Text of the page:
He's been wowing audiences since he was just a boy, with family members gathering around to hear him sing. Gayle talks with the legendary Tony Bennett about his career, the school of arts he founded, his musical inspirations and his love of jazz.
Tony started The Frank Sinatra School of the Arts in Queens, New York, naming it after his "master and great friend." Although the school is public, students must audition to be admitted and graduation rates are very high. The students have the opportunity to perform at legendary locations like Carnegie Hall and Radio City Music Hall before they graduate. "Whenever I have a chance, I show up and see how it's coming," Tony said. "Their spirit is fantastic."
Tony says that because of the work of artists like George Gershwin, Duke Ellington and others from that time period, it's easy for him to say there's no better country than America when it comes to producing popular music. "In our country, the '20s, '30s and '40s had the greatest songs that have ever been written," he says. "I'm convinced that at least 25 to 50 years from now, it will definitely be called America's classical music."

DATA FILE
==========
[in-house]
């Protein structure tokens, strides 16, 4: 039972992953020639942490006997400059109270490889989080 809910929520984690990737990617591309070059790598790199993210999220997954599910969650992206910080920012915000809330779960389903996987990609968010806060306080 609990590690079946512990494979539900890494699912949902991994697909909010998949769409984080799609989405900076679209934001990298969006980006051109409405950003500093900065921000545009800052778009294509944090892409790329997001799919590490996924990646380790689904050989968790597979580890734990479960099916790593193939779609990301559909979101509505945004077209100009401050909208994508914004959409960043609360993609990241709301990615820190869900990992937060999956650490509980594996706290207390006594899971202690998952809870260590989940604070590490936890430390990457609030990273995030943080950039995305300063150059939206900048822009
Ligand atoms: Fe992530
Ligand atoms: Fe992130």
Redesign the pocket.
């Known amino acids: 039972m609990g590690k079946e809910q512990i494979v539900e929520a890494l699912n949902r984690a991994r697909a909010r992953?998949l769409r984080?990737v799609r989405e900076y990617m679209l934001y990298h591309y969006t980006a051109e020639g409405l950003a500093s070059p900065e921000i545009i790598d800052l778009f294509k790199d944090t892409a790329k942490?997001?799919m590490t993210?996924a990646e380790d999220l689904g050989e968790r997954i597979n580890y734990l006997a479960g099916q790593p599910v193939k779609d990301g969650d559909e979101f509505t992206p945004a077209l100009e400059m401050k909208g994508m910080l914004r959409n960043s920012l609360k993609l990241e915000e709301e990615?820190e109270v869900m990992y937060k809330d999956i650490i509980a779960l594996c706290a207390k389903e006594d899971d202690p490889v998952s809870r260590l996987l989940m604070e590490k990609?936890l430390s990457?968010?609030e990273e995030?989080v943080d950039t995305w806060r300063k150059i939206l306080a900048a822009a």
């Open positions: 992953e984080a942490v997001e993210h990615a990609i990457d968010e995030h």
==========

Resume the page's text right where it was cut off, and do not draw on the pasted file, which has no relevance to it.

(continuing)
Tony also has a strong love for jazz, calling it "the most exciting popular music." "I consider jazz artists the most magnificent musicians that can be on the planet," he says. Besides singing, Tony is also a talented painter, with one of his pieces hanging in the Smithsonian's American Art Museum. "I've always had a passion to both sing and paint as far back as I can remember," Tony says. "I'm 82 years old, and I still have so much to learn. I'm far from finished with what I have to do."
Printed from Oprah.com on Wednesday, December 4, 2013